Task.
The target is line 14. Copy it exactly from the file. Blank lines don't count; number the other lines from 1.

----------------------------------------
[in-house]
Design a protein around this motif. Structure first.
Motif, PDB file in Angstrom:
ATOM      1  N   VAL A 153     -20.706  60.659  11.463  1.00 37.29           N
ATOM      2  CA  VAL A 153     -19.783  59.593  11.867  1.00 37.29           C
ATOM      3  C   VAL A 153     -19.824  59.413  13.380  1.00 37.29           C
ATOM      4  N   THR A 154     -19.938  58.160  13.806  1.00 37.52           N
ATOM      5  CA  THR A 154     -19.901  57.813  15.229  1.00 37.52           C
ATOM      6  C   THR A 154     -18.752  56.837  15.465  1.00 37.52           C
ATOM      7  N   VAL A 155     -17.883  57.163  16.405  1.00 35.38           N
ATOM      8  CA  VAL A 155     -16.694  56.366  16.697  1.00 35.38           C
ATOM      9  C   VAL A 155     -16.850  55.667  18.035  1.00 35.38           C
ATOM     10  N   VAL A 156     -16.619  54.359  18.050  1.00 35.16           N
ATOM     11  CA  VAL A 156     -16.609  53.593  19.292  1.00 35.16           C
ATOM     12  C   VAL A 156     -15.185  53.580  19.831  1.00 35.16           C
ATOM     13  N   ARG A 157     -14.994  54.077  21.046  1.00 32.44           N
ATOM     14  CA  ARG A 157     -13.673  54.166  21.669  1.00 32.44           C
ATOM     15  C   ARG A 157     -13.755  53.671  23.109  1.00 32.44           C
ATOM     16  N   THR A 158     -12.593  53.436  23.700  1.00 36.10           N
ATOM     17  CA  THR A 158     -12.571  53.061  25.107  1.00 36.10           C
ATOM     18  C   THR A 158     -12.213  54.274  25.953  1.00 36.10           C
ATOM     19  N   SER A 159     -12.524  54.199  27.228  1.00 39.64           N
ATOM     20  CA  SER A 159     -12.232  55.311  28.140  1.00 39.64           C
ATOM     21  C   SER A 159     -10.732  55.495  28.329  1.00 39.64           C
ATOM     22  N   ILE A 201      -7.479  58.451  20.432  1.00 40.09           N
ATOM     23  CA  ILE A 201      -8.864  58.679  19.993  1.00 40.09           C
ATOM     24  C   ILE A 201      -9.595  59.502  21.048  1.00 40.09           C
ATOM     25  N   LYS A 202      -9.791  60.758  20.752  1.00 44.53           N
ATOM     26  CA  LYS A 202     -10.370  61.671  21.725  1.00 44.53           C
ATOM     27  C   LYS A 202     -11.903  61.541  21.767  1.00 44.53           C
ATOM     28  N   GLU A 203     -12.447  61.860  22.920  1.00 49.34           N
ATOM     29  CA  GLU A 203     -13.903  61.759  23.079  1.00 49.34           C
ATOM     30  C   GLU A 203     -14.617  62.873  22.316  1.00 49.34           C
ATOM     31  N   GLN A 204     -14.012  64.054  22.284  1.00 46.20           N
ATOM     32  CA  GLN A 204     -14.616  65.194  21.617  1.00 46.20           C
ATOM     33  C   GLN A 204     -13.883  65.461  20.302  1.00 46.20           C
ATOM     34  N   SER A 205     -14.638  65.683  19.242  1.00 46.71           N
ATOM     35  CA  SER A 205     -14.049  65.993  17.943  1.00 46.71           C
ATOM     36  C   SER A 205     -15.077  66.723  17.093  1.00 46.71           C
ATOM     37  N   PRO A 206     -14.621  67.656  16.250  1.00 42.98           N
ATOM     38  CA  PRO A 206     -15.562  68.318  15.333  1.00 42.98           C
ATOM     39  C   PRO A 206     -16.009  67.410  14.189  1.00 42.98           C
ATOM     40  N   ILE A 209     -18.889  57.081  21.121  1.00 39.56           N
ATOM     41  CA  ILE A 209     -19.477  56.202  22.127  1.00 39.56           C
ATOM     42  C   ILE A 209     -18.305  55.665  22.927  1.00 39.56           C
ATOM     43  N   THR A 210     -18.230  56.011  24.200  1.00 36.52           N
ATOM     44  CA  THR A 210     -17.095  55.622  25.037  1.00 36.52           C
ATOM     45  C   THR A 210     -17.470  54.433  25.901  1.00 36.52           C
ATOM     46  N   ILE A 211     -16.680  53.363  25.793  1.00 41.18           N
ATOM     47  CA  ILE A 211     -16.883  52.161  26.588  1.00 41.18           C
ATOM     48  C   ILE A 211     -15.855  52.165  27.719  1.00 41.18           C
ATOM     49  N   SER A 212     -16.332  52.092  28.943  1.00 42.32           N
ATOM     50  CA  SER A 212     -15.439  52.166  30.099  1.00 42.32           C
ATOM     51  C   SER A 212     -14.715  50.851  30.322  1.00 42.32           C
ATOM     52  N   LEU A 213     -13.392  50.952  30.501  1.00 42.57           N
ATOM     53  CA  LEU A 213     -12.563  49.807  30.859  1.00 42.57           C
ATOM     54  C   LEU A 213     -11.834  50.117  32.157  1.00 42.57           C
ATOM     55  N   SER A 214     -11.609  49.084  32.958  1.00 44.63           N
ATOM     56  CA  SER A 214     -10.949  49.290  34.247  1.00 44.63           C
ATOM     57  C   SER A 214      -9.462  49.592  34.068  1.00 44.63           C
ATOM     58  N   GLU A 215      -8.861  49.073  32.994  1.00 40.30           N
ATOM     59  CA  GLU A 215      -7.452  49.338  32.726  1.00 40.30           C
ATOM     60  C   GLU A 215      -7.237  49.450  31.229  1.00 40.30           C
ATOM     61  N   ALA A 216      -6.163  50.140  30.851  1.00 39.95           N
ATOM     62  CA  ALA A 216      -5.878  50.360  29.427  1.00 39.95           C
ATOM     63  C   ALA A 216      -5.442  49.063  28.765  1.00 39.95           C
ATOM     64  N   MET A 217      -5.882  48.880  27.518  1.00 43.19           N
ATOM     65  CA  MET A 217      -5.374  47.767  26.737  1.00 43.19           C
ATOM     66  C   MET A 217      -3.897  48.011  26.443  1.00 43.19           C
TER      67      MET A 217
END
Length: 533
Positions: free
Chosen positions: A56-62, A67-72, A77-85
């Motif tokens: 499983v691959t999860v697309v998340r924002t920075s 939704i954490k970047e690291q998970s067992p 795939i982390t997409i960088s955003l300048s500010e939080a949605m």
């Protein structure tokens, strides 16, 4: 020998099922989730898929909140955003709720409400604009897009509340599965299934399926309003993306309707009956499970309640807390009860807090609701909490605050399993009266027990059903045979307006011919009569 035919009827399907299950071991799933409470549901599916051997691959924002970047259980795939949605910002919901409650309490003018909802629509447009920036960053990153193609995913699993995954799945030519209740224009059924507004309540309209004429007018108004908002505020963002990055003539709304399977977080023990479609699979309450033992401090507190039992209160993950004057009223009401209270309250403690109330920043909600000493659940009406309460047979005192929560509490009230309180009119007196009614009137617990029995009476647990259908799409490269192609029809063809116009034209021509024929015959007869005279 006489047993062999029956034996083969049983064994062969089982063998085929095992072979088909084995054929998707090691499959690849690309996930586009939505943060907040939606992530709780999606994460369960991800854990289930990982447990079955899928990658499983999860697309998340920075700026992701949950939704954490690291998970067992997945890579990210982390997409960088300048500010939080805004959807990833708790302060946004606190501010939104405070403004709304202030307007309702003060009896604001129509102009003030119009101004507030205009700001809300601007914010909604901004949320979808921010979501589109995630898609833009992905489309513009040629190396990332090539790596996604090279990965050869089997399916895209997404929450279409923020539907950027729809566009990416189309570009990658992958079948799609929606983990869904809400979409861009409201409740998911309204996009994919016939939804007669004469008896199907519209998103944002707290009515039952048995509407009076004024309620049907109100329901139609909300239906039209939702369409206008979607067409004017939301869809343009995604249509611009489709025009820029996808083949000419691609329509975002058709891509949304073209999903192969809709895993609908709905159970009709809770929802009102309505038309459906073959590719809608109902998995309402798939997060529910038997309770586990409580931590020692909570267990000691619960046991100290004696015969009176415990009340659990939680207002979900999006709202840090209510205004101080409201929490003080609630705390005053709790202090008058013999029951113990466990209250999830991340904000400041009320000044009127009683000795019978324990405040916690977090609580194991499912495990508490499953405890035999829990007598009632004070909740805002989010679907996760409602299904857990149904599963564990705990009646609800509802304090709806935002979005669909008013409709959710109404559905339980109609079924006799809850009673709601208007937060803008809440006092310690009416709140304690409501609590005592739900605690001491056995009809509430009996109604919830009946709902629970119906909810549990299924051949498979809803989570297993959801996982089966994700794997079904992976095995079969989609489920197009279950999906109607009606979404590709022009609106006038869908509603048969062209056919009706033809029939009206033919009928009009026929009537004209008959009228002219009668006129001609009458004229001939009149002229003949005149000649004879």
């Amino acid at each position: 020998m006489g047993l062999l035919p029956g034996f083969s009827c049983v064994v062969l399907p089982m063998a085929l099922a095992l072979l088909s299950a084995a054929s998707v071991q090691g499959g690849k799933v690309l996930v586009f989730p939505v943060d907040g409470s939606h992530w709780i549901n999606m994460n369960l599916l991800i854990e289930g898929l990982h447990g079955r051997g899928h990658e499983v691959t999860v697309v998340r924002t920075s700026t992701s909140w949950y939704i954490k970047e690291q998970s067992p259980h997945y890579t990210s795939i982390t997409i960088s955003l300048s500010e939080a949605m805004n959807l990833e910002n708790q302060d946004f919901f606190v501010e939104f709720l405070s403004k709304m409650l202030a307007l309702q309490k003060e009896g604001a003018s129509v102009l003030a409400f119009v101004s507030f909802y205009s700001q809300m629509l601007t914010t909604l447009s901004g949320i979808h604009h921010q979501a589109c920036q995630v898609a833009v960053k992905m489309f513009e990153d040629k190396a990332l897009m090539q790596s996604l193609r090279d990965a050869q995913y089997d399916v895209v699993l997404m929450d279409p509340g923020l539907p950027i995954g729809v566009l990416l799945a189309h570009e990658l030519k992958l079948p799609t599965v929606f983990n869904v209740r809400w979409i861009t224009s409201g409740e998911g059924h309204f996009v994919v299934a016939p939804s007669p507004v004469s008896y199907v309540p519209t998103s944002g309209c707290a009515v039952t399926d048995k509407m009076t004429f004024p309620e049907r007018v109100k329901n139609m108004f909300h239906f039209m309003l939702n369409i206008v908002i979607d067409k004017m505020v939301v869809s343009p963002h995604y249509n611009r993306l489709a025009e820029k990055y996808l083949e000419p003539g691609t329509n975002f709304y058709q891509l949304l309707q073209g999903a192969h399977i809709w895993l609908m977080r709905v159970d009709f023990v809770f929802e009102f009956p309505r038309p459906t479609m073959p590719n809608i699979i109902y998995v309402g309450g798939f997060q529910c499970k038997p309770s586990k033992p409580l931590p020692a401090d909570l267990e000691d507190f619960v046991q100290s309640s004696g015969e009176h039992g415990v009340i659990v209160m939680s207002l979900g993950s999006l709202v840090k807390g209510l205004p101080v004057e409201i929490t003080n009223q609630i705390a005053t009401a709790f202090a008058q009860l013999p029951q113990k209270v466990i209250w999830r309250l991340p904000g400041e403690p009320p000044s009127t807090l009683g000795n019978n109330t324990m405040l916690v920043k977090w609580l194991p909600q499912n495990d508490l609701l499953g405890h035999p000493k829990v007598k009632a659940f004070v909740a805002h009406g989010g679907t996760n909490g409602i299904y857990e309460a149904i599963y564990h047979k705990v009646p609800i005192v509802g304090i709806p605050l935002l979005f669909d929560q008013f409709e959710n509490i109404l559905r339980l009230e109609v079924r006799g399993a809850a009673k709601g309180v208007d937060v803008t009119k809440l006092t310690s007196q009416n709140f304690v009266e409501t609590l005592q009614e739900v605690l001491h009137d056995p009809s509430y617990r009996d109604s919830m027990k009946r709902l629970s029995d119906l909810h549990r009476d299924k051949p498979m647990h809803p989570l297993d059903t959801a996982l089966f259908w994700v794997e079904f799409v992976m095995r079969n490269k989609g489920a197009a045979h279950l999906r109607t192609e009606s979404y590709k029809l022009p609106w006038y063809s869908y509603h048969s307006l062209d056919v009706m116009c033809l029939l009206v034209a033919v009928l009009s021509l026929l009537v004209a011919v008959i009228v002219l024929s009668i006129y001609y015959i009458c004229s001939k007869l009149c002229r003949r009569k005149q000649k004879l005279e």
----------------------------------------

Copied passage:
ATOM     11  CA  VAL A 156     -16.609  53.593  19.292  1.00 35.16           C